|6.||Canon G7 X||none||n||3.0 / 1040||tilting||Y||1/2000s||6.5/s||Y||Y|
|7.||Canon 100D||optical||n||3.0 / 1040||fixed||Y||1/4000s||4.9/s||Y||n|
|8.||Canon 650D||optical||n||3.0 / 1040||swivel||Y||1/4000s||5.0/s||Y||n|
|9.||Canon M||none||n||3.0 / 1040||fixed||Y||1/4000s||4.3/s||n||n|
|10.||Canon 600D||optical||n||3.0 / 1040||swivel||n||1/4000s||3.7/s||Y||n|
|11.||Canon 550D||optical||n||3.0 / 1040||fixed||n||1/4000s||3.7/s||Y||n|
|12.||Canon 500D||optical||n||3.0 / 920||fixed||n||1/4000s||3.4/s||Y||n|
|13.||Pentax K-S1||optical||n||3.0 / 921||fixed||n||1/6000s||5.4/s||Y||Y|
|14.||Sony A77 II||2359||Y||3.0 / 1229||full-flex||n||1/8000s||12.0/s||Y||Y|
|15.||Sony A6000||1440||n||3.0 / 922||tilting||n||1/4000s||11.0/s||Y||n|
|16.||Sony A58||1440||n||2.7 / 460||tilting||n||1/4000s||5.0/s||Y||Y|
|17.||Sony A77||2359||Y||3.0 / 921||full-flex||n||1/8000s||12.0/s||Y||Y|
|Notes: *) Information refers to the mechanical shutter, unless the camera only has an electronic one.|
One differentiating feature between the two cameras concerns the touch sensitivity of the rear screen. The 700D has a touchscreen, while the A68 has a conventional panel. Touch control can be particularly helpful, for example, for setting the focus point.The 700D has an articulated LCD that can be turned to be front-facing. This characteristic will be appreciated by vloggers and photographers who are interested in snapping selfies. In contrast, the A68 does not have a selfie-screen.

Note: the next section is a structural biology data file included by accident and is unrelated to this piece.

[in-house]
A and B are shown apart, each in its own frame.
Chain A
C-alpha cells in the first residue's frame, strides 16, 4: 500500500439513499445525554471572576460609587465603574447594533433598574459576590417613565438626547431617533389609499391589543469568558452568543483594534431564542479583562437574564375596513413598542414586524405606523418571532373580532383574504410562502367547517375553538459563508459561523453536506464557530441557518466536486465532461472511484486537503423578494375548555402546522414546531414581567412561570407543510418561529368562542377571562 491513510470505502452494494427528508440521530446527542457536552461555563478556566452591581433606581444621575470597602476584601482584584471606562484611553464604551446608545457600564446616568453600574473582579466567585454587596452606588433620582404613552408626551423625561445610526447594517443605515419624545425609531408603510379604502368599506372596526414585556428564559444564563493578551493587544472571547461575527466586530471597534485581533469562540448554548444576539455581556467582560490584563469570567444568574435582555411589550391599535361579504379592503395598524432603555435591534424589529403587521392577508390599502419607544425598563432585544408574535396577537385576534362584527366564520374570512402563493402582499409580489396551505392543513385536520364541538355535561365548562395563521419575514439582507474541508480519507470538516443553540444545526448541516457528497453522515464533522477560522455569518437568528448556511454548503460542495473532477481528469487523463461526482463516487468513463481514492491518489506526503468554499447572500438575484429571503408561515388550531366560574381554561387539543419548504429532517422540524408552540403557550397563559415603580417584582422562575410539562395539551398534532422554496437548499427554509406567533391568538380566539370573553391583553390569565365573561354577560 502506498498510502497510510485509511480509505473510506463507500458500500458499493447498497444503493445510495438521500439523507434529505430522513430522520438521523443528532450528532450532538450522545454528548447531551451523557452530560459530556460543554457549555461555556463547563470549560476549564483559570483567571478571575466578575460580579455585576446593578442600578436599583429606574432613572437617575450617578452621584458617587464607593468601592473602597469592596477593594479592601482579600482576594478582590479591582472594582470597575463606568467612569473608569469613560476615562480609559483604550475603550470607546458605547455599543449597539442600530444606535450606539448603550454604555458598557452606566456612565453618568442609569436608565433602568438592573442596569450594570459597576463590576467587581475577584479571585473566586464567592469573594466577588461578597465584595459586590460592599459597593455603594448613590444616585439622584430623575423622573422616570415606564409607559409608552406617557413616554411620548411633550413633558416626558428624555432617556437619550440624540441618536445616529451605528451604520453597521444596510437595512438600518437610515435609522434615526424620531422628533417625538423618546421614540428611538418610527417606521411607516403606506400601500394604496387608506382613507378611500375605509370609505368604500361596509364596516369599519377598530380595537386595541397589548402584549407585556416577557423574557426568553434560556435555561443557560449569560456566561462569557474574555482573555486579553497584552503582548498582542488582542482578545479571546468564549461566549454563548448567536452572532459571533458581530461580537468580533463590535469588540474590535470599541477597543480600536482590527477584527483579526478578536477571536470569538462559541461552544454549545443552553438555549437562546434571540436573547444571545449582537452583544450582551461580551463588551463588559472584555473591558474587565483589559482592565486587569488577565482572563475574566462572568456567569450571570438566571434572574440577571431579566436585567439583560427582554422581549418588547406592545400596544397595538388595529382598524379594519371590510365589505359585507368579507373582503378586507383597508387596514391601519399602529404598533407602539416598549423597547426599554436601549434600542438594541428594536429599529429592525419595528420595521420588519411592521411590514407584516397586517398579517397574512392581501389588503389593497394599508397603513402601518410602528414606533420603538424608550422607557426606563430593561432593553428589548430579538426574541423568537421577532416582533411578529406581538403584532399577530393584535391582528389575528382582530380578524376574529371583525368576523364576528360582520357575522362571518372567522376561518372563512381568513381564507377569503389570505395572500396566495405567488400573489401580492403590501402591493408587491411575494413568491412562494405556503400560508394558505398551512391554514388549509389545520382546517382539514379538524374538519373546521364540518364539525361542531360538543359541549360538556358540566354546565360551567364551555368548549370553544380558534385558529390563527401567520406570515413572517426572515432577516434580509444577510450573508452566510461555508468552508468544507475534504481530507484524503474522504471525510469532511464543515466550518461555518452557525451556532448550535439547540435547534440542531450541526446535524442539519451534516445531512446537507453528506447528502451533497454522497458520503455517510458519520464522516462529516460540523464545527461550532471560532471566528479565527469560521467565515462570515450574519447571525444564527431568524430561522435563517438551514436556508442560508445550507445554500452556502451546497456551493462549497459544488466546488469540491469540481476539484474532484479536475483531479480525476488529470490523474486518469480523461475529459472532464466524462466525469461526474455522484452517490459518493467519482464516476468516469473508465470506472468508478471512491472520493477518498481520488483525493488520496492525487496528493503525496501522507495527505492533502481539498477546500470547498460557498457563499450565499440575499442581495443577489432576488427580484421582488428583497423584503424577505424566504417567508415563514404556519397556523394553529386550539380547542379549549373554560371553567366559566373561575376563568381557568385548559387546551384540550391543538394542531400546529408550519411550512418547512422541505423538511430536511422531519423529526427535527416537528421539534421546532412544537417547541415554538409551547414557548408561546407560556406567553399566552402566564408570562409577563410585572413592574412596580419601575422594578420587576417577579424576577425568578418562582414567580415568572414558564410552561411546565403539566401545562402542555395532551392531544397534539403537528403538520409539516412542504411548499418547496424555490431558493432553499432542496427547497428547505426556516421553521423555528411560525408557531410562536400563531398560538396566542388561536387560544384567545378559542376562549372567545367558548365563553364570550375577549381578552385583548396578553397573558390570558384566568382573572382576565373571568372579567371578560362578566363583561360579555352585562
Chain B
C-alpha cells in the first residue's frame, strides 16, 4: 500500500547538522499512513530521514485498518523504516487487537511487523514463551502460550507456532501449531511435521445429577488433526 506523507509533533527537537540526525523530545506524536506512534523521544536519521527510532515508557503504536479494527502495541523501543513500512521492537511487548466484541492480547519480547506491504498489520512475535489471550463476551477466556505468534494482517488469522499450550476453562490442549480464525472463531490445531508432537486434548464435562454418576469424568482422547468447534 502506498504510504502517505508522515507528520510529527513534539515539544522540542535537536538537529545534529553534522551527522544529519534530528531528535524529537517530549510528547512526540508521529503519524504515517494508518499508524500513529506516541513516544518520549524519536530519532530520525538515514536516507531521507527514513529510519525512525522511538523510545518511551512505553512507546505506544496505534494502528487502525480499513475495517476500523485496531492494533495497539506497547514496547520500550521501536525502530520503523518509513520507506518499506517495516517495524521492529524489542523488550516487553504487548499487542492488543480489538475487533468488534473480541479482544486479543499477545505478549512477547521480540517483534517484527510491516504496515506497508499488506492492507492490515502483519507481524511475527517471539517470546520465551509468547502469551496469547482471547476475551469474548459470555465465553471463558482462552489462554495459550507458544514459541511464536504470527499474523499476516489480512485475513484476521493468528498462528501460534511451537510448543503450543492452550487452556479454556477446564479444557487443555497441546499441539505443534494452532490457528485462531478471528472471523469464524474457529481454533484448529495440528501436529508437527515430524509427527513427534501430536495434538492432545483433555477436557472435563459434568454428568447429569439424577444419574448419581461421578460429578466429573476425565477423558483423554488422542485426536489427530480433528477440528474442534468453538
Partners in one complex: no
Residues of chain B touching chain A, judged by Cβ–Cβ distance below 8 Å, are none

The 700D writes its imaging data to SDXC cards, while the A68 uses SDXC or Memory Stick PRO Duo cards. Both cameras can use UHS-I cards, which provide for Ultra High Speed data transfer of up to 104 MB/s.
For some imaging applications, the extent to which a camera can communicate with its environment can be an important aspect in the camera decision process. The table below provides an overview of the connectivity of the Canon EOS 700D and Sony Alpha SLT-A68 and, in particular, the interfaces the cameras (and selected comparators) provide for accessory control and data transfer.
Mic / Speaker
|1.||Canon 700D||Y||stereo / mono||Y||-||mini||2.0||-||-||-|
|2.||Sony A68||Y||stereo / mono||Y||-||micro||2.0||-||-||-|
|3.||Canon 750D||Y||stereo / mono||Y||-||mini||2.0||Y||Y||-|
|4.||Canon 760D||Y||stereo / mono||Y||-||mini||2.0||Y||Y||-|
|5.||Canon 1200D||Y||mono / mono||-||-||mini||2.0||-||-||-|
|6.||Canon G7 X||-||stereo / mono||-||-||micro||2.0||Y||Y||-|
|7.||Canon 100D||Y||mono / mono||Y||-||mini||2.0||-||-||-|
|8.||Canon 650D||Y||stereo / mono||Y||-||mini||2.0||-||-||-|
|9.||Canon M||Y||stereo / mono||Y||-||mini||2.0||-||-||-|
|10.||Canon 600D||Y||mono / mono||Y||-||mini||2.0||-||-||-|
|11.||Canon 550D||Y||stereo / -||Y||-||mini||2.0||-||-||-|
|12.||Canon 500D||Y||mono / mono||-||-||mini||2.0||-||-||-|
|13.||Pentax K-S1||Y||stereo / mono||-||-||micro||2.0||-||-||-|
|14.||Sony A77 II||Y||stereo / mono||Y||-||mini||2.0||Y||Y||-|
|15.||Sony A6000||Y||stereo / mono||-||-||micro||2.0||Y||Y||-|
|16.||Sony A58||Y||stereo / mono||Y||-||mini||2.0||-||-||-|
|17.||Sony A77||Y||stereo / mono||Y||-||mini||2.0||-||-||-|